• I agree with you that “gay men are no more or less likely to be naturally monogamous” than are heterosexuals. But – and in my experience it’s a big but – if you are already, for whatever reason, placed in a situation where you’re outside social norms, and maybe even where what you’re doing is considered perverted, you’re maybe more likely to let go also of other social norms. In other words, if society is telling you “you can’t have a normal relationship ever with a same sex partner”, the pressure to conform with respect to monogamy (and other things) is a lot less pronounced.

  7. OirishM says:

    Ok, I guess I can’t phrase this in a tactful way, but here goes.

    This is the second article I’ve read recently that talks about non-monogamous relationships where the advice basically boils down to “don’t ask, don’t tell”.

    To me that makes it sound like there are still underlying issues with the thought of each other being with someone else. If you have to effectively be in denial about what’s happening, isn’t that a problem?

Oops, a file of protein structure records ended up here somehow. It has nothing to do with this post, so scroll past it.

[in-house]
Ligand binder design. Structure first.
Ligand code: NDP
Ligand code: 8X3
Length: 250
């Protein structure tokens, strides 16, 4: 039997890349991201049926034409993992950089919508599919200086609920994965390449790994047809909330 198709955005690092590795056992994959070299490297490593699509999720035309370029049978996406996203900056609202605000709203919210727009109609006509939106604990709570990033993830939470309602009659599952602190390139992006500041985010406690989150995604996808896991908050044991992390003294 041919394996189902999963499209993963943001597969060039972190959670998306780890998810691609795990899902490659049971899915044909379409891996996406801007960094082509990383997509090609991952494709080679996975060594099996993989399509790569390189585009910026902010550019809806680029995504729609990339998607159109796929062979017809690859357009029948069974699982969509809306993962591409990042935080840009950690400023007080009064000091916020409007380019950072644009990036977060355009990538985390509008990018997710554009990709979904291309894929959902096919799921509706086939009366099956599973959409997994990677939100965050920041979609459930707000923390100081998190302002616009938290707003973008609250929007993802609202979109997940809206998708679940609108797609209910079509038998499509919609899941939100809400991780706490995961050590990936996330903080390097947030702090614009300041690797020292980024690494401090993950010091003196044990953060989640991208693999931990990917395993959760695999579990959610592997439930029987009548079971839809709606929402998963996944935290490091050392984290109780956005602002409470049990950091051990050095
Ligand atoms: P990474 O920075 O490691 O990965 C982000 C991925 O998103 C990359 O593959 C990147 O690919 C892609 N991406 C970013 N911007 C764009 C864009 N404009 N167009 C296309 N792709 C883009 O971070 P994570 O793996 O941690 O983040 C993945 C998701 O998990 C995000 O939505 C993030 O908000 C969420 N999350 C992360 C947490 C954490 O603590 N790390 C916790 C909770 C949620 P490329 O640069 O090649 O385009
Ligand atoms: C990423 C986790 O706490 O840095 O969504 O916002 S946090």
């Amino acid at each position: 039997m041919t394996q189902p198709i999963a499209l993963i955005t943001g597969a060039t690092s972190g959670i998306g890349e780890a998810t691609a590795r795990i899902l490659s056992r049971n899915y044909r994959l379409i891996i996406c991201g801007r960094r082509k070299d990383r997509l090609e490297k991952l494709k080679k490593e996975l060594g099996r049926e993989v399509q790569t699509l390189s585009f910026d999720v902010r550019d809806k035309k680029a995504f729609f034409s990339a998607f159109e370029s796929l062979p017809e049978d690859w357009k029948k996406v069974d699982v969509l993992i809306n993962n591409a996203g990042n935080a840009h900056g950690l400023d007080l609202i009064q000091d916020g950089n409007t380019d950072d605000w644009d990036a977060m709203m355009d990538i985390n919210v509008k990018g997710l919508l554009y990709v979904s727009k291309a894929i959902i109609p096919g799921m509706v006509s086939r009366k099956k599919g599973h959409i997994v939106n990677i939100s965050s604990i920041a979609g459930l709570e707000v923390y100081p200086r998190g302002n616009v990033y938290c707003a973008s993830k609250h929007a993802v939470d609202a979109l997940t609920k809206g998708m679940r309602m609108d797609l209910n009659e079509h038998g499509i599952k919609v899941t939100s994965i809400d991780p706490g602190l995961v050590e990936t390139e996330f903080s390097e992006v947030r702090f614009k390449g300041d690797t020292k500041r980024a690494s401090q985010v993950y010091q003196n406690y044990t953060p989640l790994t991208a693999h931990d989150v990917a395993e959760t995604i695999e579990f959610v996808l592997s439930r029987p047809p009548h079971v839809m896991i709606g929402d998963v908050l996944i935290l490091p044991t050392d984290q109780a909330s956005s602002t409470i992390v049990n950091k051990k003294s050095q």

• I don’t advocate a DADT policy of sex outside the relationship. I present it in the article as an observation of my friends Eric and Paul; it appeared to work for them on some level. The interesting thing is they started this “rule’ back in the early 2000 when we still had DADT in the USA military.

  8. My husband and I also saw a huge change in expectations for gay men, from when we were kids until now, and it’s affected what we expected from ourselves. Ideally, I hope that opening up standards will mean that someday, straight people who want bath house sex can have it, too, as well as gay families can marry and have children. It took us a while to work up to believing in marriage for ourselves. We’re polyamorous, but not because we have uncontainable sex drives. We both believe that multiple relationships make us more faceted, better fed, versions of what we’re capable of.


  1. […] of gay men and their relationships, it appears that much is written about wandering eyes or open relationships. It would make it seem that non-monogamy is the norm. But more attention is given to these open […]

  2. […] and sex lives get lost in the hypersexualized and glamorized gay culture. That we even have to ask if gay men care about infidelity suggests our misunderstanding of gay men as a whole. But as couples, do we then acquiesce to the […]